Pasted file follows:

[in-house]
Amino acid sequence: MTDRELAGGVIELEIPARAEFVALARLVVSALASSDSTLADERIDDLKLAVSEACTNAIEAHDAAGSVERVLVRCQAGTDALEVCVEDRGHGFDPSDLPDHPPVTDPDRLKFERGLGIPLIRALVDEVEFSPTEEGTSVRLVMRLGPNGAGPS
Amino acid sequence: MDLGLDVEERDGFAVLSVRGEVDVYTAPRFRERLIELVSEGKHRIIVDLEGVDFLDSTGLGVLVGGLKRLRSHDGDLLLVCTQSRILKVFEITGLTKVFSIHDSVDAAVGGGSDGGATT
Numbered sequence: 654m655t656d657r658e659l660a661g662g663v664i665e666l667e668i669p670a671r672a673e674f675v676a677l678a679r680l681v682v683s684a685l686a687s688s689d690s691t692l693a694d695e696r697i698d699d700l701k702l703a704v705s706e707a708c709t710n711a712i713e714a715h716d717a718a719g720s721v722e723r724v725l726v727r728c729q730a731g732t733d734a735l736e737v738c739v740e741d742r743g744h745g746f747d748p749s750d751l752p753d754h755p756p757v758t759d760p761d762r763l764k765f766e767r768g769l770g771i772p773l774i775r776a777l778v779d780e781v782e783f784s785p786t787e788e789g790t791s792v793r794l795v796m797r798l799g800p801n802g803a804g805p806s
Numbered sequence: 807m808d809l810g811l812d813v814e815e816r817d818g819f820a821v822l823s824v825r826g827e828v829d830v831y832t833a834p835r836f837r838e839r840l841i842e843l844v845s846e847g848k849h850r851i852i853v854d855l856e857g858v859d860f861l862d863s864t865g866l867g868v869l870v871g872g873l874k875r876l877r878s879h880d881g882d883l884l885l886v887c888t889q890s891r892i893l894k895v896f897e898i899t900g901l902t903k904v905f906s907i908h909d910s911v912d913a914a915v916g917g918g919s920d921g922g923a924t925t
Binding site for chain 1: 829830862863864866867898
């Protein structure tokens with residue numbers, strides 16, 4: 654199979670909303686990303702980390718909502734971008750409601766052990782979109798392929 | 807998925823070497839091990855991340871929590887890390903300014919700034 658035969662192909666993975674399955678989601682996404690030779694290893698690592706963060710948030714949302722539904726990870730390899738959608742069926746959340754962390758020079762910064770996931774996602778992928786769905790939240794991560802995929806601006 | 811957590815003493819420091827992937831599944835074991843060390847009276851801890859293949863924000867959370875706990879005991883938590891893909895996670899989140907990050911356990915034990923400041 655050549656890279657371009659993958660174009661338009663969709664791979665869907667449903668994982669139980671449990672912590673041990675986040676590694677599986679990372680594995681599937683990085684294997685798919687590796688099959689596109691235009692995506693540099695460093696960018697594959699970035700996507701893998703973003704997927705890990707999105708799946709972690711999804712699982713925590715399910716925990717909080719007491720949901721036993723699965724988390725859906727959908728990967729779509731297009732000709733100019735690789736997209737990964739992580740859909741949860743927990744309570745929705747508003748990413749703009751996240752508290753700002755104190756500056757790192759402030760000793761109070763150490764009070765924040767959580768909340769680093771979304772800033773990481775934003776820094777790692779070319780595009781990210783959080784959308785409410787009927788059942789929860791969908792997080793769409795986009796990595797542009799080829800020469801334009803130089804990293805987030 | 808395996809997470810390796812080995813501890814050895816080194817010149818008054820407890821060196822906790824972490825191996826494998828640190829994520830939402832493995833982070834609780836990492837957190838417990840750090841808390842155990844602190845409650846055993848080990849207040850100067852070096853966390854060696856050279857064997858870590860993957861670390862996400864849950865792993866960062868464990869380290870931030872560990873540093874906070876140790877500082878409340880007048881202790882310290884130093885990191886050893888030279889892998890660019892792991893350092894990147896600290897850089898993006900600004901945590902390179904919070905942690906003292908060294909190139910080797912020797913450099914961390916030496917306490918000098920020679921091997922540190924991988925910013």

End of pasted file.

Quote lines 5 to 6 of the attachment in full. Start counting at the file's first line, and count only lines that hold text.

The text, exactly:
Numbered sequence: 807m808d809l810g811l812d813v814e815e816r817d818g819f820a821v822l823s824v825r826g827e828v829d830v831y832t833a834p835r836f837r838e839r840l841i842e843l844v845s846e847g848k849h850r851i852i853v854d855l856e857g858v859d860f861l862d863s864t865g866l867g868v869l870v871g872g873l874k875r876l877r878s879h880d881g882d883l884l885l886v887c888t889q890s891r892i893l894k895v896f897e898i899t900g901l902t903k904v905f906s907i908h909d910s911v912d913a914a915v916g917g918g919s920d921g922g923a924t925t
Binding site for chain 1: 829830862863864866867898